Tumour markers are substances found in the blood that indicate the possible presence of a malignancy. The best known and researched tumour markers are availabale for ovarian cancer.
CA125 is a marker that is produced by mesothelial cells from the peritoneum (inner skin of the abdomen), the pleura and the pericardium. It is expressed in 80% of all patients with ovarian cancer. Unfortunately it is not as accurate as clinicians wanted it to be: It is false negative in approx 33% of all patients with (early) stage 1 ovarian cancer. It is also false positive (elevated) in a large number of benign gynaecological and non-gynaecological conditions (endometriosis, benign tumours, arthritis, etc). Therefore the differentiation between an ovarian cancer and other conditions based on CA125 is difficult.
Recently we publsihed our results on CA125 in uterine cancer. If CA125 was elevated, there was a significantly incraesed possibility that tumour spread outside the uterus is found at surgery.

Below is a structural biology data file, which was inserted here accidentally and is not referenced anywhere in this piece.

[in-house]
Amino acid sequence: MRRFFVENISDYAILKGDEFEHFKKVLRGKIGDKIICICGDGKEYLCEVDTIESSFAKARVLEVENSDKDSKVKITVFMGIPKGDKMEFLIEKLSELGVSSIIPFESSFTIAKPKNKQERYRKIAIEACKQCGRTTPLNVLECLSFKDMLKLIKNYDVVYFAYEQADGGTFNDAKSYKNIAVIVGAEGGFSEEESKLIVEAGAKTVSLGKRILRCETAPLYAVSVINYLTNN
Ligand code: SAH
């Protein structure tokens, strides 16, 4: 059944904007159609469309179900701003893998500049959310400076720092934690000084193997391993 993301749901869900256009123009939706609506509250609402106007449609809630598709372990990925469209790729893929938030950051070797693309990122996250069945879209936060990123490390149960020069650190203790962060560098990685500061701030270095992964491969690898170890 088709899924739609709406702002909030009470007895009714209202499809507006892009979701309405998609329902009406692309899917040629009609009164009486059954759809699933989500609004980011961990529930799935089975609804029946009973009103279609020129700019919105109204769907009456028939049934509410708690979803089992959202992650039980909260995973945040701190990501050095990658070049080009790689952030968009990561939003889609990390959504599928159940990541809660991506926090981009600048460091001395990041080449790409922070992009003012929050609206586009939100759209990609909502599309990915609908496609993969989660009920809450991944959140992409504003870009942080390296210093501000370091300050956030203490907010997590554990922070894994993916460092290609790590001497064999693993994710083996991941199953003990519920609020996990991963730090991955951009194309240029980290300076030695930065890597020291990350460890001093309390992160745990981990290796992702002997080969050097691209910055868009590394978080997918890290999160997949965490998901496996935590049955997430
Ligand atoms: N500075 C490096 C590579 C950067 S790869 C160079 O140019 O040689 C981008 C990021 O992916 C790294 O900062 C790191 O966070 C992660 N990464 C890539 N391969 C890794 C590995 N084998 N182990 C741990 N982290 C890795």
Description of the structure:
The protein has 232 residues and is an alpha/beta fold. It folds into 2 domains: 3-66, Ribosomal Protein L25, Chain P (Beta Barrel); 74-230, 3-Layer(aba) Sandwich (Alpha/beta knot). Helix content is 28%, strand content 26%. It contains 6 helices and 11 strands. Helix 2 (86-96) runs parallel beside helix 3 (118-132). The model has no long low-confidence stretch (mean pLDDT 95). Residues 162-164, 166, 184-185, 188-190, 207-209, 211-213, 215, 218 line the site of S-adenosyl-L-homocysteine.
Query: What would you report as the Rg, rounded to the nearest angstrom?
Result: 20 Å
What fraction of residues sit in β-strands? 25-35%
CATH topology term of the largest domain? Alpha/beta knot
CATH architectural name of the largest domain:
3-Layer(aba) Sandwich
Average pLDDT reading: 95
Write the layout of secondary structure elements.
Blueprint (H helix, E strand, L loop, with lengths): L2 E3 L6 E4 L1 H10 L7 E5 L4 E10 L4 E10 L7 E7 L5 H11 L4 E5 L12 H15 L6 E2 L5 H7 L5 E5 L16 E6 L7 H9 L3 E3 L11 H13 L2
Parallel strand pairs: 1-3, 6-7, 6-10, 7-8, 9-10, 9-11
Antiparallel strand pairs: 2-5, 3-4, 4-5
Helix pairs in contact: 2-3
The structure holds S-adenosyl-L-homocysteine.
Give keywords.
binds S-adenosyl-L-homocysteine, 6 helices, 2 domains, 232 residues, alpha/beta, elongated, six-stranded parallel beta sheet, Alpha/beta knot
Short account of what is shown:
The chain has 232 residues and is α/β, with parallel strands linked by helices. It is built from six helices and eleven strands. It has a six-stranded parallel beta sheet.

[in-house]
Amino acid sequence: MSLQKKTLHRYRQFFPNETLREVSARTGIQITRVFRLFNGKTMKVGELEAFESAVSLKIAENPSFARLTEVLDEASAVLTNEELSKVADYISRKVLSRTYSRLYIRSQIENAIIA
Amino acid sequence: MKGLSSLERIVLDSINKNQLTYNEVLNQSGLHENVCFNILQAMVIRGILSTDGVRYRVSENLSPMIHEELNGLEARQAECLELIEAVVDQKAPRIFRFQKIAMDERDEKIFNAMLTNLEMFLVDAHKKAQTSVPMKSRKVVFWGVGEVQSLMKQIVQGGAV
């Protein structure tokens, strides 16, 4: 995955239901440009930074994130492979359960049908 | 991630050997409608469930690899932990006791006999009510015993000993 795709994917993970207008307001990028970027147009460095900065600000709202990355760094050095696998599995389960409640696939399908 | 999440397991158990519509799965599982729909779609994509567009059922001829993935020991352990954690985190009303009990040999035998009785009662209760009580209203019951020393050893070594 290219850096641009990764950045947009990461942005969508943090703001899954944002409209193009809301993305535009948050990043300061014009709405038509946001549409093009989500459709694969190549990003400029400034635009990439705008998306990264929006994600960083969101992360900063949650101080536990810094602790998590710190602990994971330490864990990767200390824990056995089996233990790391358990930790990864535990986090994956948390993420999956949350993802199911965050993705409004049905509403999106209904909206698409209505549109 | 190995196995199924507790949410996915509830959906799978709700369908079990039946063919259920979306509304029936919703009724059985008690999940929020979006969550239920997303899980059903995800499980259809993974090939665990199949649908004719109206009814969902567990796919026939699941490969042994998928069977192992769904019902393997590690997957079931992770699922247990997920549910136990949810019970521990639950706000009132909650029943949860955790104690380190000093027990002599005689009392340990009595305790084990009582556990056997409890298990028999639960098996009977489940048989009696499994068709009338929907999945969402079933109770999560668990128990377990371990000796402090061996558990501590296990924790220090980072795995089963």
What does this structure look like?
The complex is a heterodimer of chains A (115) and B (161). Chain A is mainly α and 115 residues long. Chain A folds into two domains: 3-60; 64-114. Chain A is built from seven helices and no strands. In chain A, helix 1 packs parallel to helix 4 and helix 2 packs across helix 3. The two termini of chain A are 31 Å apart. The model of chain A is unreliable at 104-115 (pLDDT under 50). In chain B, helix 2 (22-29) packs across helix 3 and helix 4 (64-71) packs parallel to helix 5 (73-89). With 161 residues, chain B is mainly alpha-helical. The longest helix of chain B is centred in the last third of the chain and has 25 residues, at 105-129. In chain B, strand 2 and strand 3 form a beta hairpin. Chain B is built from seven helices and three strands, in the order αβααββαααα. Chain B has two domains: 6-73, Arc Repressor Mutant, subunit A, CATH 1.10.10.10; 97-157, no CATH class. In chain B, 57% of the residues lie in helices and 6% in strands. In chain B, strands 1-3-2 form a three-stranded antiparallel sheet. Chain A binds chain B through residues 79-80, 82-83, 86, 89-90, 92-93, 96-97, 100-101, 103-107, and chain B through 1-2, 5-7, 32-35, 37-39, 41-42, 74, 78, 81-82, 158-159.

CEA and CA19.9 are tumour markers indicating the presence of bowel or pancreatic cancer or mucinous subtypes of ovarian tumours.
HE4 is a novel tumour marker that has been introduced in Australia only recently. It could complement CA125 and diagnose early stage ovarian cancers that are negative for CA125. The greatest use of HE4 is to exclude ovarian cancer in eldery and multi-morbid women who we can spare surgical exploration. For more detailed information on HE4 click here.
Beta HCG is a most accurate tumour marker for Gestational Trophoblast Disease.
I use tumour markers to differentiate between benign and malignant ovarian tumours. Often tumour markers are used in combination with high-quality medical imaging (ultrasound) to avoid unnecessary surgery, especially in medically impaired women. Currently, I do not use tumour markers for ovarian cancer screening because of a lack of evidence. CA125 also plays a role to select patients who require treatment for ovarian cancer.